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Posted on December 8, 2005 (5766) By Rabbi Yissocher Frand | Series: | Level:


These divrei Torah were adapted from the hashkafa portion of Rabbi Yissocher Frand’s Commuter Chavrusah Tapes on the weekly portion: Tape # 482, Davening to a Malach. Good Shabbos!


The Simile of the Dust of the Earth

At the beginning of the Parsha, Hashem blesses Yaakov with the words “I am Hashem, G-d of Avraham your father and G-d of Yitzchak; the ground upon which you are lying, to you will I give it and to your descendants. Your offspring shall be as the dust of the earth, and you shall spread out powerfully westward, eastward, northward, and southward…” [Bereshis 28:13-14].

The simple understanding of the blessing “Your offspring shall be as the dust of the earth” is that Yaakov’s descendants should be so plentiful that their numbers will be comparable to the dust of the earth. The Medrash, however, sees in these words more that just a blessing of being plentiful and bountiful. Out of all the similes that one might pick, the terminology “like the dust of the earth” is somewhat peculiar.

This is different than the blessing elsewhere that we should be “like the sand of the sea” (k’chol haYam) [Breishis 32:13]. The phrase “k’afar ha’Aretz” literally means like the dust of the ground. The dust of the ground is that which we walk on. Is it not peculiar that Jews are blessed by being told that they will be like the dust that people trample?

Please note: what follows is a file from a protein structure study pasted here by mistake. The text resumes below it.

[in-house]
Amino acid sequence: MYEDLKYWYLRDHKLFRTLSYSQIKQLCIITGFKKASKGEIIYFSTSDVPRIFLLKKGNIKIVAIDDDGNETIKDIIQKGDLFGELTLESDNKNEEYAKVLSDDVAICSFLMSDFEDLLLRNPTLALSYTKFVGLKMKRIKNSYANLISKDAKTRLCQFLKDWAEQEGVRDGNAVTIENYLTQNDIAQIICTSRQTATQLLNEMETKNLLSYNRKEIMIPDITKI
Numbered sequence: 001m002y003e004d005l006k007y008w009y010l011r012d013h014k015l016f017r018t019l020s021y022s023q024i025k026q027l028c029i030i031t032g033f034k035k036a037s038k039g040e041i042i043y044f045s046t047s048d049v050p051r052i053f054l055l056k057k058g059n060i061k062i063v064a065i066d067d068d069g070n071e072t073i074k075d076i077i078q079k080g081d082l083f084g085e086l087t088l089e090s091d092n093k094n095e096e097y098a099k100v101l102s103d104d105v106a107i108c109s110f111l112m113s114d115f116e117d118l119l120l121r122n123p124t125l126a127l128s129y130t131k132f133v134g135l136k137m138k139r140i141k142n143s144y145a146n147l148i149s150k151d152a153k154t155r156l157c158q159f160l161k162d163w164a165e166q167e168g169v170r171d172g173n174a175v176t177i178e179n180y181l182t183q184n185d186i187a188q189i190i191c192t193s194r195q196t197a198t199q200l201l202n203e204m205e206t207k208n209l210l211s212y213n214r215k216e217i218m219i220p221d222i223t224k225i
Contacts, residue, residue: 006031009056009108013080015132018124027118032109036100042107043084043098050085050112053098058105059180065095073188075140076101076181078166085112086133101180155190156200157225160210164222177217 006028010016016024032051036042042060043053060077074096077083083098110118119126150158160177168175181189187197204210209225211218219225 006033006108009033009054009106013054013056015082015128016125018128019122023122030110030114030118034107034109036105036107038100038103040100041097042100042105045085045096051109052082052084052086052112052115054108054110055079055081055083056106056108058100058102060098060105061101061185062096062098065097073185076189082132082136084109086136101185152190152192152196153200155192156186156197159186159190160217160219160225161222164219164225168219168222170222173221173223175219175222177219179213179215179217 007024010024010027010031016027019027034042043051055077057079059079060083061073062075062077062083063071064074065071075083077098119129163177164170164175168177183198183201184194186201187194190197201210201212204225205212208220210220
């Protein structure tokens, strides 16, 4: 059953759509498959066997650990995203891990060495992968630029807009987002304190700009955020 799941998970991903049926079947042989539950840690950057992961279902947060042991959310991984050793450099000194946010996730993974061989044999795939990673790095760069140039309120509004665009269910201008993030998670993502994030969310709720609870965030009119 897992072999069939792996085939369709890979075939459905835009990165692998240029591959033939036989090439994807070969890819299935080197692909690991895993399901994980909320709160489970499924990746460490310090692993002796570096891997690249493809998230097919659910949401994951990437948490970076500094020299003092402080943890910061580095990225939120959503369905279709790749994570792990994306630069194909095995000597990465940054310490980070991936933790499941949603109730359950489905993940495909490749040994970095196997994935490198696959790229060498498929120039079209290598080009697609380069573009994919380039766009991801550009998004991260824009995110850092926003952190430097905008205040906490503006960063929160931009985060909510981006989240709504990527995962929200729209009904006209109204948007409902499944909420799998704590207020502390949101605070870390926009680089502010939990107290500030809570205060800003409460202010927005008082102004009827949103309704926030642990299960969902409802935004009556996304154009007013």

There are so many more picturesque similes to use (as we find elsewhere). “Like the stars in Heaven” [Bereshis 22:17] is a majestic comparison. Stars are unreachable. They are beautiful. They sparkle. “As many as the stars in Heaven” is a very inspiring and poetic blessing. But “k’afar ha’Aretz” is almost like saying “you should be like dirt.” Is this a blessing?

Even the expression “k’chol haYam” — like sand of the sea — seems more appropriate. In our minds, we do not think of the sand on the seashore as something we trample upon. We associate sand of the sea with beautiful white sandy beaches. Even sand has quite a different connotation than “you should be like dust.”

The Medrash explains the very powerful significance of this choice of words. This is more than just a blessing of multitudes. The blessing of “k’afar ha’Aretz” represents the history of the Jews. Everybody tramples over the dust of the earth, but in the end the dust of the earth always remains on top. That same dust ultimately covers those who trample it.

“From dust you are taken and to dust you will return” [Bereshis 3:19]. In the final analysis, the dust of the earth is always on top. This is the analogy and the blessing of “Your descendants will be like the dust of the earth.” Yaakov is told that his children will be trampled upon and spat upon, like the dust. But in the end, like the dust, they will remain on top.

Tosfos [Brochos 17a] comments on the prayer recited at the end of the Shmoneh Esrei: “My G-d, guard my tongue from evil and my lips from speaking deceitfully. To those who curse me, let my soul be silent; and let my soul be like dust to everyone.” What is the meaning of the term “let my soul be like dust to everyone?” Tosfos suggests the very idea introduced by the Medrash above: Just like dust (afar) is never destroyed and always remains, we pray that our descendants should always remain and not be destroyed.